I like my online community. I got blogs for all my man physical and mental disorders and so feel like I have many friends. I am happy isolating. I do get out once a weeks to have brunch with a friend. Occasionally I have a family ordeal to get through.

    Liked by 1 person

    • luckyotter says:

      “Family ordeal”–yep, that’s what they are for a lot of us.
      I’m sorry you have so much on your plate but writing about it does help.
      I love isolating. People think I’m weird but so be it.

      Liked by 1 person

  5. hbsuefred says:

    Another previously unknown (to me) word: Isolating.
    Also wondering what finally nudged you “out into the light (or black hole of blogosphere)?” I’ve encouraged my BPD Sis to try group therapy, if for no other reason than she could see how other people with similar mindsets might handle situations she has found herself in. She used to call herself “fiercely independent,” again probably symptomatic of BPD and a reason she never wanted to ask for help but still bitched about the $ (as opposed to emotional) cost of services needed. Her BPD traits have decreased a bit lately but, in a stroke of what I think of as Karma for the earlier hell her family through, she is now actually physically unable to do things herself sometimes due to recently diagnosed severe anemia. I’m not gloating, just saying we all (including her) would have been better off if she’d started taking better care of her physical self sooner, i.e. not being so “fiercely independent.”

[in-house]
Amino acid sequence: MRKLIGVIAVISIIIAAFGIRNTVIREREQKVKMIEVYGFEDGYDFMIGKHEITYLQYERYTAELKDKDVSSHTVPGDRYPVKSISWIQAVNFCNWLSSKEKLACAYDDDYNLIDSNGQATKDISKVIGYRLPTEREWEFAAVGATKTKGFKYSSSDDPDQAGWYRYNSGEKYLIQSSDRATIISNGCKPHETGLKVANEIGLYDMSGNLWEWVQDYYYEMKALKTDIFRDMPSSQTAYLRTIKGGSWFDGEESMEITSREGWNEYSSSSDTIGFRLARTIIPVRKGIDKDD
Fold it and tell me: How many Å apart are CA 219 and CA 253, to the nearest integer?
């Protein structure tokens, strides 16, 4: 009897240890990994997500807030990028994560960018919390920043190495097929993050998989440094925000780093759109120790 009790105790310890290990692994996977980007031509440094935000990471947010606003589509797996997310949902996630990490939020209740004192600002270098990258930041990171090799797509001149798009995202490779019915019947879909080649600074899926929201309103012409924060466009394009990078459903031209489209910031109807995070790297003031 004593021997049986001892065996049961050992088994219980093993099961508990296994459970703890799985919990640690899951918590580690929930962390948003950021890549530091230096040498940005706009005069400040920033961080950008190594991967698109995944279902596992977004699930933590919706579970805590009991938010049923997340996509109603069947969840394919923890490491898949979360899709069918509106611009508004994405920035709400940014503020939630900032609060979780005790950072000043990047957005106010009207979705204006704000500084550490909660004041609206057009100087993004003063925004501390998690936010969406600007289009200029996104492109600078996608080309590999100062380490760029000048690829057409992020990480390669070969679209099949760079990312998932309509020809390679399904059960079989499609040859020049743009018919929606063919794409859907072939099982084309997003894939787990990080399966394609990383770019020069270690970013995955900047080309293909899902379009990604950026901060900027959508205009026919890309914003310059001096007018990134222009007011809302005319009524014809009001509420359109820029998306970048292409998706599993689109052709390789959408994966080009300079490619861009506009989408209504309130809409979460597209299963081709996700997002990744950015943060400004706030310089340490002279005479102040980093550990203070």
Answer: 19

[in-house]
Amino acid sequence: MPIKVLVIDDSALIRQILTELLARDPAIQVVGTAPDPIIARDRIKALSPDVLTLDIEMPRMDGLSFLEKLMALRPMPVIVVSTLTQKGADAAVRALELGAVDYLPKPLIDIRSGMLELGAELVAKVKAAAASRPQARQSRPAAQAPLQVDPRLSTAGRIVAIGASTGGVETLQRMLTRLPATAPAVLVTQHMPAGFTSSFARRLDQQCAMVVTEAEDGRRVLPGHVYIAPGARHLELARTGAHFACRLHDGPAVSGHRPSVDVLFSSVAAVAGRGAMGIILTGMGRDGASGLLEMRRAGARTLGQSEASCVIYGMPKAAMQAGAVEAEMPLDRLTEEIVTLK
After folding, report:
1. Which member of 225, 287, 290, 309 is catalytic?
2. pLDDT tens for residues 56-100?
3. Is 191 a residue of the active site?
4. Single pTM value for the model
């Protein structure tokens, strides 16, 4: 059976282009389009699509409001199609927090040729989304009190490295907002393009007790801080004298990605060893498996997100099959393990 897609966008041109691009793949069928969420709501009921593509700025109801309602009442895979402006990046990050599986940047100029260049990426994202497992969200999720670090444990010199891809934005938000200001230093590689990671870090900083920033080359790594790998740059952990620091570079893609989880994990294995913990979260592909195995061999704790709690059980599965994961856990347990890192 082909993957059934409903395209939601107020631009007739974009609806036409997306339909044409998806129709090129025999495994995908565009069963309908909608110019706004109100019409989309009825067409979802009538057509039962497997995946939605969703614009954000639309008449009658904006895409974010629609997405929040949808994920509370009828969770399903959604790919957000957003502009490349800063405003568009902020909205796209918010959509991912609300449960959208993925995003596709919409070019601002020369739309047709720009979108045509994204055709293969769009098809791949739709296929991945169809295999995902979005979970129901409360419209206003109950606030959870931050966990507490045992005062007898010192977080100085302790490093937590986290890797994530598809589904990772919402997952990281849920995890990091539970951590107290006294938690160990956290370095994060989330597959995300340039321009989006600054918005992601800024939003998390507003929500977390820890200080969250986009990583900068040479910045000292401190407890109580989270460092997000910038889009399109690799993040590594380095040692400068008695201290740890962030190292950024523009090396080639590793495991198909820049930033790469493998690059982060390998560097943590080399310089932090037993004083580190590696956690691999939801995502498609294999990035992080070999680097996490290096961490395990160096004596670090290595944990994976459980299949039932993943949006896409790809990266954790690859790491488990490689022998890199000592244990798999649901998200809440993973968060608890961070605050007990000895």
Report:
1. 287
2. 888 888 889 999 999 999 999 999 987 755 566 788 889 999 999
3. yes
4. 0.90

Liked by 1 person

    • luckyotter says: